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[filmscanners] RE: Density vs Dynamic range
> Julian said:
> > > Austin's number = (max - min)/noise
> > > = (max-noise)/noise [here]
> > > = 8,599/1
> > > = 8,599
> Austin replied:
> >I am very sorry to say, but you are playing games. I have CLEARLY stated
> >that you are using the equation incorrectly, and you chose to
> ignore that.
> >That is dishonest.
> >The CORRECT use of the equation is:
> > = (max-MIN)/noise
> > = (8,600-0)/1
> > = 8,600
> Now this wasn't being dishonest, it was my *honest* attempt to interpret
> things the way you do.
Julian, how can that be? First off, I have NEVER "interpreted" things that
way, and second, I HAVE CORRECTED YOU on this...numerous times...yet you
continue to misuse it. It comes across, to me at least, as disingenuous.
> I wrote this based on your previous post which
> seems to be different - here it is again:
> Austin said some time ago:
> >The mistake is you are using noise as your divisor instead of min signal
> >level. Your equations should be:
> >DR = 10log10(max-min)/noise)
> >where in case 1, range = 1-1000mV, noise 1mV so 1000-1 = 999/1 = 999
> Do you see why I am confused?
No. I do not see why you are confused in this case. I SEE what the mistake
you are making is, but I do not understand WHY you are making it. In this
case, the minimum signal level and noise have the same value.
> Can you tell me which of these two uses of
> your equations is correct?
It is NOT my equation, first off. All the equations shown ARE IDENTICAL, if
you understand simple mathematical properties.
> And can you tell me again, how you define this
"MIN" what? Minimum signal level, or minimum discernable signal? I have
clearly defined them both in my term definition post. If not, refer to the
diagram I provided and the term "smallest" listed on the diagram is "minimum
discernable signal", which can also be noise, and "minimum signal level" is
the bottom line, at the top of the hatching, that the bottom of the arrow
for "largest" points to.
> Is MIN = noise, or is it zero?
It depends on which "MIN" you are talking about. In one example, "minimum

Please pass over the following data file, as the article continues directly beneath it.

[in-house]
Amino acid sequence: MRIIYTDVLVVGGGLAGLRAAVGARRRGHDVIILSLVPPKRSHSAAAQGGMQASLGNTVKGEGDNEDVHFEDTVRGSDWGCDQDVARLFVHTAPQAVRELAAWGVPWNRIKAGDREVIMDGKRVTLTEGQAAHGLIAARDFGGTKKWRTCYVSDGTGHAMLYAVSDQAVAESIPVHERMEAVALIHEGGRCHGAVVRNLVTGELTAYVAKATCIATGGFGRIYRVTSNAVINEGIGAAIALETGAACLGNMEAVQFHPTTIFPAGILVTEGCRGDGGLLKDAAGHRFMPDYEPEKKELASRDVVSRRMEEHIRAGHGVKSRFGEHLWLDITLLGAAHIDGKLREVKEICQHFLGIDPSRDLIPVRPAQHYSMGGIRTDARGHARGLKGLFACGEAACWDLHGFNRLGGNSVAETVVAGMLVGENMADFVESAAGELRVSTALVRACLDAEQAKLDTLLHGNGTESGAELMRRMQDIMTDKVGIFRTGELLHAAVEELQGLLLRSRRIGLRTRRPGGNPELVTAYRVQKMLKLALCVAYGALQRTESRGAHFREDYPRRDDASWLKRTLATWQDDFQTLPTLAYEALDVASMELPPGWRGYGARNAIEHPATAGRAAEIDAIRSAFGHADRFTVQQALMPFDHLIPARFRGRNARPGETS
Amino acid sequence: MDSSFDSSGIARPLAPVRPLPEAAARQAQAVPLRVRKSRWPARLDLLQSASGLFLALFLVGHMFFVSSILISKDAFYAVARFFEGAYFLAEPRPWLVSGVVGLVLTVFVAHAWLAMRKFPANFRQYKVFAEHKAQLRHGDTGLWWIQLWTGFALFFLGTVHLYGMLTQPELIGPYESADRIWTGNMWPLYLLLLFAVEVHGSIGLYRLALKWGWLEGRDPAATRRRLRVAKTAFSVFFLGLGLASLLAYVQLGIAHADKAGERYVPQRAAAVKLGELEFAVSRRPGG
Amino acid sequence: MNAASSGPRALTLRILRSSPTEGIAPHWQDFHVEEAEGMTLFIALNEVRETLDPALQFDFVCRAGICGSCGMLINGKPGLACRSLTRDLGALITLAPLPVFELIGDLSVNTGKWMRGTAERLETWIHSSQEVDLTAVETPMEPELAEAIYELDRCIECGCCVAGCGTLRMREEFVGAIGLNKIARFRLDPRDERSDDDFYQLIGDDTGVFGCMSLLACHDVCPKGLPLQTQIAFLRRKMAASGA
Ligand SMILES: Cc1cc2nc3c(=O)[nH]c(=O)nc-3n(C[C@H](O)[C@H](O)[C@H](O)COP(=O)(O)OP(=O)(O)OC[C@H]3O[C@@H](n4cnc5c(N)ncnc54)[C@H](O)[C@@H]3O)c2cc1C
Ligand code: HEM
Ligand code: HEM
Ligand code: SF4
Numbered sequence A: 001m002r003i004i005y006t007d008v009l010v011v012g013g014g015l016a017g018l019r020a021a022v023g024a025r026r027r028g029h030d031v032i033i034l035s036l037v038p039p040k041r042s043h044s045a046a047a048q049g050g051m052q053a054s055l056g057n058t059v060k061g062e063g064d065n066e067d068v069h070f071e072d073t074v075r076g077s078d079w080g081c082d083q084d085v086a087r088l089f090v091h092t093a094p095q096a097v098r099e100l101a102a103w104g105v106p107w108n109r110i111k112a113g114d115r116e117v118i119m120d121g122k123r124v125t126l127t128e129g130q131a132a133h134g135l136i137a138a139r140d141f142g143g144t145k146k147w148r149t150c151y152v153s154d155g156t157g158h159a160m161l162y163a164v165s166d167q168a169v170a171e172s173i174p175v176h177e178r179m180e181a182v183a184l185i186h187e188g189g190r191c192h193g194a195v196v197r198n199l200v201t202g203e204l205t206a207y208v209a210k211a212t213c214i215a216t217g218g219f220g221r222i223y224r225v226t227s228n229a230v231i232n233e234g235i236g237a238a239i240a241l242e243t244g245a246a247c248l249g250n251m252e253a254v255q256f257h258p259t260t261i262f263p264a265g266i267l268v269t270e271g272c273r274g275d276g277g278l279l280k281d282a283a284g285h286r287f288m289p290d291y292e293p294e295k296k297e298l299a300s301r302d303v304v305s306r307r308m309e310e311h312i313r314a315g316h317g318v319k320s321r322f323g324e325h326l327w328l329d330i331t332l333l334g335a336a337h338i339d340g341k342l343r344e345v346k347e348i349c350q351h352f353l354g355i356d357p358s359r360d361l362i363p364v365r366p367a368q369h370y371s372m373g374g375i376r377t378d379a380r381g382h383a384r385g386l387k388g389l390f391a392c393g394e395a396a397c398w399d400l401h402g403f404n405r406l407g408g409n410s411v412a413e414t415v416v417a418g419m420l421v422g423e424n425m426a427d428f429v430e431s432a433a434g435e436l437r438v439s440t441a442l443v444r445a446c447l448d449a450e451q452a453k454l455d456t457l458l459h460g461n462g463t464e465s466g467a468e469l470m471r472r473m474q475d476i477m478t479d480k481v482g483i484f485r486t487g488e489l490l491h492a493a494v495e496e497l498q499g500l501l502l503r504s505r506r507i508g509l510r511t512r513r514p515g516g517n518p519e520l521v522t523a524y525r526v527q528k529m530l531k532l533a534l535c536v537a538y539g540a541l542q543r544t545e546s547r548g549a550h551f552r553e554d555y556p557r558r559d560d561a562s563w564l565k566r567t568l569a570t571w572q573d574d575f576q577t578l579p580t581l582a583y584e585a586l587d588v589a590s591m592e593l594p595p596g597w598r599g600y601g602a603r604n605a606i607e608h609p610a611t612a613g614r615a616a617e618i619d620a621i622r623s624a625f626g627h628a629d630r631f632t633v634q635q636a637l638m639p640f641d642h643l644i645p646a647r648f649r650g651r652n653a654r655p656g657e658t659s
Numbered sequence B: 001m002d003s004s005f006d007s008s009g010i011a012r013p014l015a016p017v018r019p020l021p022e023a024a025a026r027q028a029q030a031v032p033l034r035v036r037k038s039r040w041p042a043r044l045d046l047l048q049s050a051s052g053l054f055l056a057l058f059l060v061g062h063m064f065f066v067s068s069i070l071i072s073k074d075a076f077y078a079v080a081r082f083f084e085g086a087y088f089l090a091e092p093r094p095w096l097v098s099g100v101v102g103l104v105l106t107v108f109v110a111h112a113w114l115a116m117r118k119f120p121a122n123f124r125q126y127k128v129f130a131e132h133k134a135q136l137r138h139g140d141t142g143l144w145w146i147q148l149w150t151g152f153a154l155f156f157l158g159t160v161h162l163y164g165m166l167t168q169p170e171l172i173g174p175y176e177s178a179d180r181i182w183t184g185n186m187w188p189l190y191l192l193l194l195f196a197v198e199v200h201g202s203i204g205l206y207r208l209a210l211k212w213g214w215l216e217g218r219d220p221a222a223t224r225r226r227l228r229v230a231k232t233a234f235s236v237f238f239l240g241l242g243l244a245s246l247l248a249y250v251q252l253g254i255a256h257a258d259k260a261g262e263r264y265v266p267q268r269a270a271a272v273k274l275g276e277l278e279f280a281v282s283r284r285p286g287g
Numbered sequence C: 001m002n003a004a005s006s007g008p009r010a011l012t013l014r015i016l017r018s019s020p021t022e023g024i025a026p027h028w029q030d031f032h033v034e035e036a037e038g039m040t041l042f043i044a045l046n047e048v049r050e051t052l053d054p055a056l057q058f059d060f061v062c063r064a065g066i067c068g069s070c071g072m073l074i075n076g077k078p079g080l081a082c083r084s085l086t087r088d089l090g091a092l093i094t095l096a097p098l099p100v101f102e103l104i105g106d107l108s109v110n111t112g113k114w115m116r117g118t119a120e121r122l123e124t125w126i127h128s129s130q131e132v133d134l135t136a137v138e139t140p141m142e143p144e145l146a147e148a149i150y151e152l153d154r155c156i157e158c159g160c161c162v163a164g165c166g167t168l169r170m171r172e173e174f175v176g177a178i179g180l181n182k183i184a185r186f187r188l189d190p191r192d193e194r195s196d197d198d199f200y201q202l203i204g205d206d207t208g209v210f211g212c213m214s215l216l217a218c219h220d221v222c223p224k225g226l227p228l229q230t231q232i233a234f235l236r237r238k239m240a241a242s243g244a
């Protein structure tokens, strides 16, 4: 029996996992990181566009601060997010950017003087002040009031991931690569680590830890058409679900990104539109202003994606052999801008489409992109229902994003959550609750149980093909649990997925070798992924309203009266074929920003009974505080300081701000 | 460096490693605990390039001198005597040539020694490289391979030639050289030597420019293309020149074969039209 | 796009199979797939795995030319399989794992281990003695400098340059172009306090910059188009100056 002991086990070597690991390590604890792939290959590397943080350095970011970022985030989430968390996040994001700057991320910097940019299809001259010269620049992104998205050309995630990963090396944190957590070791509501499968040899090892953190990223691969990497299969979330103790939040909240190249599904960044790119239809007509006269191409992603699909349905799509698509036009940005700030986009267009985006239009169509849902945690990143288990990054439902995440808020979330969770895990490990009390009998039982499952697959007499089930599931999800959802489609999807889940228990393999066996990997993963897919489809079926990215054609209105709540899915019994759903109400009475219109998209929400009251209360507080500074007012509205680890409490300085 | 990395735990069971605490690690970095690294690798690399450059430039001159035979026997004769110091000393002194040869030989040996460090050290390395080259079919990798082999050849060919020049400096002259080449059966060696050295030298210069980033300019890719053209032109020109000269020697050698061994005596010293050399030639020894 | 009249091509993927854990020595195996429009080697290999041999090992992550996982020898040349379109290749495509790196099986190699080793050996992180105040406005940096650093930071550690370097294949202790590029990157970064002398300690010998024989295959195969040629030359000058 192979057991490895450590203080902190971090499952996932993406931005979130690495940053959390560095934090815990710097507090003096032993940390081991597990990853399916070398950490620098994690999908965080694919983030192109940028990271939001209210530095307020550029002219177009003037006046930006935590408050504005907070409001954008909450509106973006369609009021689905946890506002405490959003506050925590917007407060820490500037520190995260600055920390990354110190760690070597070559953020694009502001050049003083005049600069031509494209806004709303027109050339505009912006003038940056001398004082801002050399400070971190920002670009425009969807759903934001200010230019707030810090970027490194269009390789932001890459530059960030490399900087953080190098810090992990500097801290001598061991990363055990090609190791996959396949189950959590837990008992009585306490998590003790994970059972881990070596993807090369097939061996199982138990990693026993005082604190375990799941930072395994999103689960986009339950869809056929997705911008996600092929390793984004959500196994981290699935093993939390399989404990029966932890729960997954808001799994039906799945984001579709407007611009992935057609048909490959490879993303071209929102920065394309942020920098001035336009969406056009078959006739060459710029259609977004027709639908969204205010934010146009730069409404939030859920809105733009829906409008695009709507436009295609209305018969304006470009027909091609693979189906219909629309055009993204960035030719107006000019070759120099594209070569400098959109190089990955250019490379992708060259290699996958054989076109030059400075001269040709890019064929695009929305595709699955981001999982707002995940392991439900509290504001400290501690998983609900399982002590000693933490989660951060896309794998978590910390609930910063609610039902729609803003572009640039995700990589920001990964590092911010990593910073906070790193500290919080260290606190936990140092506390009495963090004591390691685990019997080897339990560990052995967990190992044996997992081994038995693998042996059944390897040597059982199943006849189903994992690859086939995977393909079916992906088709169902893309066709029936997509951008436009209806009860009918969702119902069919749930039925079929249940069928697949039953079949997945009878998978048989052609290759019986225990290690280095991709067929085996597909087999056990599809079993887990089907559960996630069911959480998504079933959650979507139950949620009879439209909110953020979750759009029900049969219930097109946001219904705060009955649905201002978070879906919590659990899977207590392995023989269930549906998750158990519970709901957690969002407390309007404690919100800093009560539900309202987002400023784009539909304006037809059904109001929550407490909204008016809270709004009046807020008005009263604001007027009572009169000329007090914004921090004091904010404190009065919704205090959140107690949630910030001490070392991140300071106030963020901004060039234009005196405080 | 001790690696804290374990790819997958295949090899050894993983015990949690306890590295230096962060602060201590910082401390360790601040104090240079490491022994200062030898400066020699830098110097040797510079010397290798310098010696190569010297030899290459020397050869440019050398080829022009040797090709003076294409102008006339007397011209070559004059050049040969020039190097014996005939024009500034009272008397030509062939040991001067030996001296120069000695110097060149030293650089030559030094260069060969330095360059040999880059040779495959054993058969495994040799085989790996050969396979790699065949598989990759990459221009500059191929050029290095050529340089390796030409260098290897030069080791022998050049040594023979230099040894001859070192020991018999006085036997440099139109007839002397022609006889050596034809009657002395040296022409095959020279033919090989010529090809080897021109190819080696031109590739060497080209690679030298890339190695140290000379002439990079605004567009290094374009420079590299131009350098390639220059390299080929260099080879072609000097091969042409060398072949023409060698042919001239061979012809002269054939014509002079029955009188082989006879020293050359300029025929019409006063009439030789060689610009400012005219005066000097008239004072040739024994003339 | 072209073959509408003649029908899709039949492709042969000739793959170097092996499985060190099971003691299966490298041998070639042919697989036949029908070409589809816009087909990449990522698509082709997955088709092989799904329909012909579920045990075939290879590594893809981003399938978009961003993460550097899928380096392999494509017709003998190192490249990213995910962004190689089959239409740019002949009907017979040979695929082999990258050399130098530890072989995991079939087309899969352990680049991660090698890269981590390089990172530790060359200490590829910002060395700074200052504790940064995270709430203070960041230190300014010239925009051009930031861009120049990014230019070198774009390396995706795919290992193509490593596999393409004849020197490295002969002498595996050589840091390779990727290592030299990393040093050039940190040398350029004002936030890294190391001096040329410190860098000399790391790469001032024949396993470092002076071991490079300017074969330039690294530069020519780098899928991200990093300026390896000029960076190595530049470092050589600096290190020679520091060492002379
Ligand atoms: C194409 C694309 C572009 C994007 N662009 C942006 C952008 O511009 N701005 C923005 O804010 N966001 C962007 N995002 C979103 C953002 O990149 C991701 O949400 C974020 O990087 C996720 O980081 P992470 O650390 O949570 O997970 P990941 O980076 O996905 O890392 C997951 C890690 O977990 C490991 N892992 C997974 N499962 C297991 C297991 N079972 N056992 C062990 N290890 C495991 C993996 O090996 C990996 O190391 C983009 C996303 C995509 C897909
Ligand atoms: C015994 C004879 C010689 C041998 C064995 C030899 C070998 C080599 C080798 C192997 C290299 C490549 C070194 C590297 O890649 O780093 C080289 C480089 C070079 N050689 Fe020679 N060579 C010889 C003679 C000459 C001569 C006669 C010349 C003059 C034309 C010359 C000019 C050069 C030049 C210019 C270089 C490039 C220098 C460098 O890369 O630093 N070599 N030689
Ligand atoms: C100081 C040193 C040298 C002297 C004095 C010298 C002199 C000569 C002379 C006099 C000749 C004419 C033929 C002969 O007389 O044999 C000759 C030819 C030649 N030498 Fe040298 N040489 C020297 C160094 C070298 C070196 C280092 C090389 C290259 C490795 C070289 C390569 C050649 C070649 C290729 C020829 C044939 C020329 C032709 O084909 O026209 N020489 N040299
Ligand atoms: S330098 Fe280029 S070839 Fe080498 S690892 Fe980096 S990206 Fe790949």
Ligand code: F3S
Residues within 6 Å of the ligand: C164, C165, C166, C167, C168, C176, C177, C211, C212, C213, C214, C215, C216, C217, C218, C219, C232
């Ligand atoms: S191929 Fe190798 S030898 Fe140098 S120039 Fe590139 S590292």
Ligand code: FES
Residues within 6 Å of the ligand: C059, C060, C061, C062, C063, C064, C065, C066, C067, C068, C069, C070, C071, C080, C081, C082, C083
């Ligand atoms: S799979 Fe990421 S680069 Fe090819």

signal level" is clearly stated to have a value of 1mV, and "minimum
discernable signal" is ALSO clearly stated to have a value of 1mV.
In the very top example, "minimum signal level" is CLEARLY stated to be 0
(as a range of 8600 means 0-8600, and has a "minimum signal level" of 0, and
a "maximum signal level" of 8600. I believe that should be "simply"
> Why? Why is it different in these two
Simply because "minimum signal level" IS STATED to be different.
> If MIN = zero, why? (since this signal level is impossible).
How is it impossible to specify a signal range starting at 0, no matter WHAT
the noise/minimum discernable signal is? It absolutely IS possible.
> You can see why I have had a problem interpreting what you are saying I
No, I don't see the problem.
> I am not saying you are WRONG, but I am saying that from where I
> sit, these two posts of yours are contradictory.
I see YOUR use of them contradictory. It APPEARS you claim that a "range"
can not be used to derive "MAX", which I claim is the same as ("maximum
signal level" - "minimum signal level"), and for some reason want to
consider them differently. I simply to NOT understand that, as it is a very
basic mathematical property of equivalence.
> Obviously they are not
> contradictory to you, but to me they are. So without getting steamed up,
> can you just explain to me what is the difference betw these two, given
> that in both cases the minimum of the range is determined by noise.
No, "minimum of the range" is NOT determined by noise, though it CAN be.
Noise IS noise. You can simply have a range of 5-10, with a noise of .01...
Answer me this. When an A/D specs an input voltage of +-3V, what do you use
for your "MAX"???
> Or have you changed your view of what the top of this equation means?
That's the interesting part, my statements and views have not changed one
bit, yet your examples come to the exact same results as I have been saying
all along, IF you do things correctly.
> It is a pity you won't continue,